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Bad news on the financial regulation front:

Senate Banking Committee Chairman Christopher Dodd is considering scrapping the idea of creating a Consumer Financial Protection Agency, people familiar with the matter said, an initiative at the heart of the White House’s proposal to revamp financial-sector regulations.

….Mr. Dodd’s offer is conditional, however: Republicans must agree to create a beefed-up consumer-protection division within another federal agency, these people said.

….Bipartisan support is believed necessary to pass such legislation, as Democrats aren’t likely to get the 60 Senate votes needed to overcome a potential Republican filibuster. With Mr. Dodd no longer seeking re-election, some of the pressure to apply a populist stamp on new financial regulations has eased.

This is bad news on multiple fronts. First, although the CFPA isn’t a central part of the plumbing that might prevent a repeat of 2008, it was one of the few clean reforms still standing in the regulatory bills working their way through Congress. Second, I have my doubts that ditching it will gain any GOP support. They’ll just find other reasons to oppose reform. Third, it was one of the few parts of the reform effort that was genuinely understandable and popular with ordinary voters. Losing it means that regulatory reform is both weak and hard for most people to understand. Yuck. Dems would do better to keep it and force Republicans to vote against it. At least then they’d have a campaign issue.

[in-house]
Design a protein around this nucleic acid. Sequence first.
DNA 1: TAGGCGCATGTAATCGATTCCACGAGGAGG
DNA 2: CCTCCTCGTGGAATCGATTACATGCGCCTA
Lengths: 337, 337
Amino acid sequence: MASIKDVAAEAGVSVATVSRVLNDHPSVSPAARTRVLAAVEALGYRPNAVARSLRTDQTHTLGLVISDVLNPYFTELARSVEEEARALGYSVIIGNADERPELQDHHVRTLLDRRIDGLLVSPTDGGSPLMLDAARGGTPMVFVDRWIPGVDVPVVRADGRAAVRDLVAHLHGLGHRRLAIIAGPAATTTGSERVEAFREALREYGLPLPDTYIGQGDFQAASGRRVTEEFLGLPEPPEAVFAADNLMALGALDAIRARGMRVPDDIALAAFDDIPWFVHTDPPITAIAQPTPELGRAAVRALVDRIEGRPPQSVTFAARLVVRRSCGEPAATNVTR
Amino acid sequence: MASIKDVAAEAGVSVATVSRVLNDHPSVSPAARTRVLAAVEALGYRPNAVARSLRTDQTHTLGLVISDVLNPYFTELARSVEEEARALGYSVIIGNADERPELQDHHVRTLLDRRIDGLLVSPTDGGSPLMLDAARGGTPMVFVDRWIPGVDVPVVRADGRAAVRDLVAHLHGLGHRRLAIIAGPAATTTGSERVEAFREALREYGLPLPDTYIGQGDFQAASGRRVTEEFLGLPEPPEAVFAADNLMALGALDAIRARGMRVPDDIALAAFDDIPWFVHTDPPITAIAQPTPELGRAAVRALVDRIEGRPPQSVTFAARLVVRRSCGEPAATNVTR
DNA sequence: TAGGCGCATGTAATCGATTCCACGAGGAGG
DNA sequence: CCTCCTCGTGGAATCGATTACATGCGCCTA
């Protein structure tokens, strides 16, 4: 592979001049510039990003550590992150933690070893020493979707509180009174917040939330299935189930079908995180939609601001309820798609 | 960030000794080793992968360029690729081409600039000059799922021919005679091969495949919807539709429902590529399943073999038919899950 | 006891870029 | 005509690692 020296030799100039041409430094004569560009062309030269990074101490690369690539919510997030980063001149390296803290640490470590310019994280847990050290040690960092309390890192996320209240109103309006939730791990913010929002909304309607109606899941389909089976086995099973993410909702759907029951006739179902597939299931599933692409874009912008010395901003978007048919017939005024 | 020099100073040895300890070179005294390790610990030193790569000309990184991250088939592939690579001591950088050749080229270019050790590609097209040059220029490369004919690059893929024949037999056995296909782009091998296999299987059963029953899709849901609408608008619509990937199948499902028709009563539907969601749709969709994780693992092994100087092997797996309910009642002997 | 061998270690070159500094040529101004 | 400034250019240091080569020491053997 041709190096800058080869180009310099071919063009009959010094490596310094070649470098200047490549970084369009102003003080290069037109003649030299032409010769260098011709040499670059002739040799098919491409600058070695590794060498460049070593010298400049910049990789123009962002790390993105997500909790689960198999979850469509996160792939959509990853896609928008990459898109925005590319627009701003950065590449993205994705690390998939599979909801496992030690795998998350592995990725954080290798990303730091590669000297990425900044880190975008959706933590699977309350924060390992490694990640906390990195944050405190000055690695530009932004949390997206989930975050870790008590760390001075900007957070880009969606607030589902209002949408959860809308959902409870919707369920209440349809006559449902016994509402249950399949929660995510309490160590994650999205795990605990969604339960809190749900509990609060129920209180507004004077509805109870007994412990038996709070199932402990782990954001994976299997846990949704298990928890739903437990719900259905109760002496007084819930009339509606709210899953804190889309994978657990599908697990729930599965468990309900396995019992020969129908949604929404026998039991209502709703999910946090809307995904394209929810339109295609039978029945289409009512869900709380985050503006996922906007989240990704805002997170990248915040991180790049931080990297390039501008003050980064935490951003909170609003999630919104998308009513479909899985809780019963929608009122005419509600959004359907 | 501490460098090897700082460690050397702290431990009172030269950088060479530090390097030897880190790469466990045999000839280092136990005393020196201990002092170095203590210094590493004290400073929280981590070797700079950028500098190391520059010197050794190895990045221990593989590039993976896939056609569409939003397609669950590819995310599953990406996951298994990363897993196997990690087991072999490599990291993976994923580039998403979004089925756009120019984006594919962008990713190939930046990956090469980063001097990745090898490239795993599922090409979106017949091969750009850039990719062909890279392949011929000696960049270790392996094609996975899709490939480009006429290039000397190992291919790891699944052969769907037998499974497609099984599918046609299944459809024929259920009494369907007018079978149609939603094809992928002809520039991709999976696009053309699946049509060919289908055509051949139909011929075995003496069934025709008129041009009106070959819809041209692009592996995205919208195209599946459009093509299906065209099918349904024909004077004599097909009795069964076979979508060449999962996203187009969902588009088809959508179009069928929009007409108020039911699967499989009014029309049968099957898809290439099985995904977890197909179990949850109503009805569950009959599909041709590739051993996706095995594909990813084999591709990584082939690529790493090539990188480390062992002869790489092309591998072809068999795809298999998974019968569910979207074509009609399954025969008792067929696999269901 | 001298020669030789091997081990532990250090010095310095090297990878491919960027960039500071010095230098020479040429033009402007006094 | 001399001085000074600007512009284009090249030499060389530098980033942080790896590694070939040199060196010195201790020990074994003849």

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Fact:

In-depth journalism that investigates the powerful takes real money and is so damn important right now.But it doesn’t take a Mother Jones investigation to know that billionaires and corporations will never fund the type of reporting (like they do politicians) we do that exists to help bring about change. Instead, our mission-driven journalism is made possible by people power, and has been for 46 years now since our founding as a non-profit.

In “TITLE TK” Monica Bauerlein writes about the perilous moment we’re in, and why it’s so important that we raise $325,000 by the time November’s midterms are decided so we can be ready to throw everything we have at the big issues facing the nation no matter what happens. Please help MoJo’s people-powered journalism with a donation today.

$400,000 to go!

payment methods

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